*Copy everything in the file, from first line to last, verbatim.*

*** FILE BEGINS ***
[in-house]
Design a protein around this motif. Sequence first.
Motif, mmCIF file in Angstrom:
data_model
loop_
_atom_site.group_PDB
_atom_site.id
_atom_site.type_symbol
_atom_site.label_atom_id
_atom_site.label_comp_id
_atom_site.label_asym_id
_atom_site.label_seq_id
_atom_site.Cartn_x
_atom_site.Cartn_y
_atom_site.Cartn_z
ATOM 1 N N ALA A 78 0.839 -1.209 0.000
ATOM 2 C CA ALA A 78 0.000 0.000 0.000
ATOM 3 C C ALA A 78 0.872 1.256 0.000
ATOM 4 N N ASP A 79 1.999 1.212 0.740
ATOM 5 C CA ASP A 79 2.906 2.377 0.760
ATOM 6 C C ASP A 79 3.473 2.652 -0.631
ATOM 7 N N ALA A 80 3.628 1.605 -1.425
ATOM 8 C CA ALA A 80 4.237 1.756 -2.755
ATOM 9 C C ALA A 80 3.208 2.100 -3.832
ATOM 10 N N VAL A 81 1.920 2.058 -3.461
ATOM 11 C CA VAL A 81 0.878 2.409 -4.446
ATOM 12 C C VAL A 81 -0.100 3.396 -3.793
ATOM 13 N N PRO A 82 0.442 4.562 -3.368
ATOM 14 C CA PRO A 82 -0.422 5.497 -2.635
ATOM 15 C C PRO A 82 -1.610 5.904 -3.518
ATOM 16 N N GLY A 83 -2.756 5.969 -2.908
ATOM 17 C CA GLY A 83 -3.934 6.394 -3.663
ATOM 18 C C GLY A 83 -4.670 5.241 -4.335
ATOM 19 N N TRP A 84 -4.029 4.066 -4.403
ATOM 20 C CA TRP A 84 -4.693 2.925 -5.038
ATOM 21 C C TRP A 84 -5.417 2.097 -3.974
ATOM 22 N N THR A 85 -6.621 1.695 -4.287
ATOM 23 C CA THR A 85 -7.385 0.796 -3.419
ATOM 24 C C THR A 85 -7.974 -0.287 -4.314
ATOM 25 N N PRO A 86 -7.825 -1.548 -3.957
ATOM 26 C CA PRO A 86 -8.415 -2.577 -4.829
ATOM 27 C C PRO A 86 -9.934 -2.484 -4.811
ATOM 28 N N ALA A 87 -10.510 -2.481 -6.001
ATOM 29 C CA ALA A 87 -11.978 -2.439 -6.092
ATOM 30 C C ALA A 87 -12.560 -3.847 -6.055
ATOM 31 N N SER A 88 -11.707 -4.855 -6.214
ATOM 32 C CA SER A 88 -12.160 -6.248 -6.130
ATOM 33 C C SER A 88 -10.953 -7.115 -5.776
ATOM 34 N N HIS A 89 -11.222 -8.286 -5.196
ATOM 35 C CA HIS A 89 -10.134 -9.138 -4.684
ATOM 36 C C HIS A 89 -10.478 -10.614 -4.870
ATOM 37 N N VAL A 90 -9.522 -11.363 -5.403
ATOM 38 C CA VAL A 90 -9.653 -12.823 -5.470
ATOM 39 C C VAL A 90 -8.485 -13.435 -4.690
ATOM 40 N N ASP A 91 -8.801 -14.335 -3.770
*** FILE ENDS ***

[in-house]
Design a protein around this motif. Sequence first.
Motif, mmCIF file in Angstrom:
data_model
loop_
_atom_site.group_PDB
_atom_site.id
_atom_site.type_symbol
_atom_site.label_atom_id
_atom_site.label_comp_id
_atom_site.label_asym_id
_atom_site.label_seq_id
_atom_site.Cartn_x
_atom_site.Cartn_y
_atom_site.Cartn_z
ATOM 1 N N ALA A 78 0.839 -1.209 0.000
ATOM 2 C CA ALA A 78 0.000 0.000 0.000
ATOM 3 C C ALA A 78 0.872 1.256 0.000
ATOM 4 N N ASP A 79 1.999 1.212 0.740
ATOM 5 C CA ASP A 79 2.906 2.377 0.760
ATOM 6 C C ASP A 79 3.473 2.652 -0.631
ATOM 7 N N ALA A 80 3.628 1.605 -1.425
ATOM 8 C CA ALA A 80 4.237 1.756 -2.755
ATOM 9 C C ALA A 80 3.208 2.100 -3.832
ATOM 10 N N VAL A 81 1.920 2.058 -3.461
ATOM 11 C CA VAL A 81 0.878 2.409 -4.446
ATOM 12 C C VAL A 81 -0.100 3.396 -3.793
ATOM 13 N N PRO A 82 0.442 4.562 -3.368
ATOM 14 C CA PRO A 82 -0.422 5.497 -2.635
ATOM 15 C C PRO A 82 -1.610 5.904 -3.518
ATOM 16 N N GLY A 83 -2.756 5.969 -2.908
ATOM 17 C CA GLY A 83 -3.934 6.394 -3.663
ATOM 18 C C GLY A 83 -4.670 5.241 -4.335
ATOM 19 N N TRP A 84 -4.029 4.066 -4.403
ATOM 20 C CA TRP A 84 -4.693 2.925 -5.038
ATOM 21 C C TRP A 84 -5.417 2.097 -3.974
ATOM 22 N N THR A 85 -6.621 1.695 -4.287
ATOM 23 C CA THR A 85 -7.385 0.796 -3.419
ATOM 24 C C THR A 85 -7.974 -0.287 -4.314
ATOM 25 N N PRO A 86 -7.825 -1.548 -3.957
ATOM 26 C CA PRO A 86 -8.415 -2.577 -4.829
ATOM 27 C C PRO A 86 -9.934 -2.484 -4.811
ATOM 28 N N ALA A 87 -10.510 -2.481 -6.001
ATOM 29 C CA ALA A 87 -11.978 -2.439 -6.092
ATOM 30 C C ALA A 87 -12.560 -3.847 -6.055
ATOM 31 N N SER A 88 -11.707 -4.855 -6.214
ATOM 32 C CA SER A 88 -12.160 -6.248 -6.130
ATOM 33 C C SER A 88 -10.953 -7.115 -5.776
ATOM 34 N N HIS A 89 -11.222 -8.286 -5.196
ATOM 35 C CA HIS A 89 -10.134 -9.138 -4.684
ATOM 36 C C HIS A 89 -10.478 -10.614 -4.870
ATOM 37 N N VAL A 90 -9.522 -11.363 -5.403
ATOM 38 C CA VAL A 90 -9.653 -12.823 -5.470
ATOM 39 C C VAL A 90 -8.485 -13.435 -4.690
ATOM 40 N N ASP A 91 -8.801 -14.335 -3.770